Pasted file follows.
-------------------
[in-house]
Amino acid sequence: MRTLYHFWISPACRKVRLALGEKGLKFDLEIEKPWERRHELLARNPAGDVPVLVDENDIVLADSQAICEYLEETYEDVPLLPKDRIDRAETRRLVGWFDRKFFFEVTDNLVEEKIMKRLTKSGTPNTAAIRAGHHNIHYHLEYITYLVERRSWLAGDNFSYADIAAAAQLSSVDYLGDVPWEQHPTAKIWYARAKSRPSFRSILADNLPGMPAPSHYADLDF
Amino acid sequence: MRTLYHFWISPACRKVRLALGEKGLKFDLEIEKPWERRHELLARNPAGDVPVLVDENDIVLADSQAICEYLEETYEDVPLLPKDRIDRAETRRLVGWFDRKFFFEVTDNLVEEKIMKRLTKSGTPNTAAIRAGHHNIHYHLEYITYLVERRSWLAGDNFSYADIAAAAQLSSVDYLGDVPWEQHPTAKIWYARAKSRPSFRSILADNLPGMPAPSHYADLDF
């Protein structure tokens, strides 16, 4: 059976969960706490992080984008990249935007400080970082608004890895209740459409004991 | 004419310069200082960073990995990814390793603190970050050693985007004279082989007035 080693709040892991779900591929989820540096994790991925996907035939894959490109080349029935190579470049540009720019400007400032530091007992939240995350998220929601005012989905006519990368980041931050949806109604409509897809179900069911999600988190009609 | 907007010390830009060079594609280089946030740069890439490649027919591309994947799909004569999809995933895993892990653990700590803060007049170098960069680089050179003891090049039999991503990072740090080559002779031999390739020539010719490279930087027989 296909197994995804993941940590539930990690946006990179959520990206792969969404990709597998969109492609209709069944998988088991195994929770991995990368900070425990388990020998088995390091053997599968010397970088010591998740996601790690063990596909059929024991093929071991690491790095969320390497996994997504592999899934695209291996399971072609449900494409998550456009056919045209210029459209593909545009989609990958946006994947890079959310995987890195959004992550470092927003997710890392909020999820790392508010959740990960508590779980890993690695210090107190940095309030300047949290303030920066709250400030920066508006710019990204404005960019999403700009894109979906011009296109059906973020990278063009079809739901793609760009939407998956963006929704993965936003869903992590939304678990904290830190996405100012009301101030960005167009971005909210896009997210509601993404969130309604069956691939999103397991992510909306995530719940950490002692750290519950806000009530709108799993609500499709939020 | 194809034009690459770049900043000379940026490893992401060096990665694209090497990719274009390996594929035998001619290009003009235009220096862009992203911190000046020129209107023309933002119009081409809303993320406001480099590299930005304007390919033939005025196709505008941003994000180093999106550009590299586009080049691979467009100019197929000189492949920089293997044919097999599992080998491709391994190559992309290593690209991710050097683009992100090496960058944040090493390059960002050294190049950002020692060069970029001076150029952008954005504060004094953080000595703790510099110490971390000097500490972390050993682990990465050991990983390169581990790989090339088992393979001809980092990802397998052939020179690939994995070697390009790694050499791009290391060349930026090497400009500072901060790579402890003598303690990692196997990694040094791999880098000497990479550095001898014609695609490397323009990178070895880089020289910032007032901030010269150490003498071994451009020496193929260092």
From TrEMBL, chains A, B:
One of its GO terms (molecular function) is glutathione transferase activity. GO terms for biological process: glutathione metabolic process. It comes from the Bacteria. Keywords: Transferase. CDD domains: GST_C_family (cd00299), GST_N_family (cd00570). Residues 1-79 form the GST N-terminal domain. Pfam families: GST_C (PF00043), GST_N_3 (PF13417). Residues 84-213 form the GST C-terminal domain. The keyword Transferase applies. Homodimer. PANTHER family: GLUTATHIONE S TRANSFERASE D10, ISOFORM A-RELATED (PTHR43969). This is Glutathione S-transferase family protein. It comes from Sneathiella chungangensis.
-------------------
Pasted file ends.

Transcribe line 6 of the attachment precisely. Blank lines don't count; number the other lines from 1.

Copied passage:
One of its GO terms (molecular function) is glutathione transferase activity. GO terms for biological process: glutathione metabolic process. It comes from the Bacteria. Keywords: Transferase. CDD domains: GST_C_family (cd00299), GST_N_family (cd00570). Residues 1-79 form the GST N-terminal domain. Pfam families: GST_C (PF00043), GST_N_3 (PF13417). Residues 84-213 form the GST C-terminal domain. The keyword Transferase applies. Homodimer. PANTHER family: GLUTATHIONE S TRANSFERASE D10, ISOFORM A-RELATED (PTHR43969). This is Glutathione S-transferase family protein. It comes from Sneathiella chungangensis.